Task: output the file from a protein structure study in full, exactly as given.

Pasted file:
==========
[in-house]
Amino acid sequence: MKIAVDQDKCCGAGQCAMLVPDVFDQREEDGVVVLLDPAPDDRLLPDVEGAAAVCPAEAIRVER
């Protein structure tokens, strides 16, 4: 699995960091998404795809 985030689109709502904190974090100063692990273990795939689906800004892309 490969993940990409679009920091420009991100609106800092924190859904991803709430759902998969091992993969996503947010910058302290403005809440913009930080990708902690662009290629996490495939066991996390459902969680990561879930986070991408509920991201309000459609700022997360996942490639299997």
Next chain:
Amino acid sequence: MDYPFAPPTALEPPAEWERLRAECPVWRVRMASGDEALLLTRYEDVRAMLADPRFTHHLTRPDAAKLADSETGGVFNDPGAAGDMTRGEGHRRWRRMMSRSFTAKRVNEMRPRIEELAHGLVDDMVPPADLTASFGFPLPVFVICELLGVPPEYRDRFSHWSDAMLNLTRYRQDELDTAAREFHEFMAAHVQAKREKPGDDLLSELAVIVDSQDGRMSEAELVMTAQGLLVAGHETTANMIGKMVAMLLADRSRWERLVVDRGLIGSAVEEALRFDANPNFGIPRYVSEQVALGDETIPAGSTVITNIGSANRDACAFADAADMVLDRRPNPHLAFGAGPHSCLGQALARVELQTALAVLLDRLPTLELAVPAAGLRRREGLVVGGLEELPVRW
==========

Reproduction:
[in-house]
Amino acid sequence: MKIAVDQDKCCGAGQCAMLVPDVFDQREEDGVVVLLDPAPDDRLLPDVEGAAAVCPAEAIRVER
């Protein structure tokens, strides 16, 4: 699995960091998404795809 985030689109709502904190974090100063692990273990795939689906800004892309 490969993940990409679009920091420009991100609106800092924190859904991803709430759902998969091992993969996503947010910058302290403005809440913009930080990708902690662009290629996490495939066991996390459902969680990561879930986070991408509920991201309000459609700022997360996942490639299997």
Next chain:
Amino acid sequence: MDYPFAPPTALEPPAEWERLRAECPVWRVRMASGDEALLLTRYEDVRAMLADPRFTHHLTRPDAAKLADSETGGVFNDPGAAGDMTRGEGHRRWRRMMSRSFTAKRVNEMRPRIEELAHGLVDDMVPPADLTASFGFPLPVFVICELLGVPPEYRDRFSHWSDAMLNLTRYRQDELDTAAREFHEFMAAHVQAKREKPGDDLLSELAVIVDSQDGRMSEAELVMTAQGLLVAGHETTANMIGKMVAMLLADRSRWERLVVDRGLIGSAVEEALRFDANPNFGIPRYVSEQVALGDETIPAGSTVITNIGSANRDACAFADAADMVLDRRPNPHLAFGAGPHSCLGQALARVELQTALAVLLDRLPTLELAVPAAGLRRREGLVVGGLEELPVRW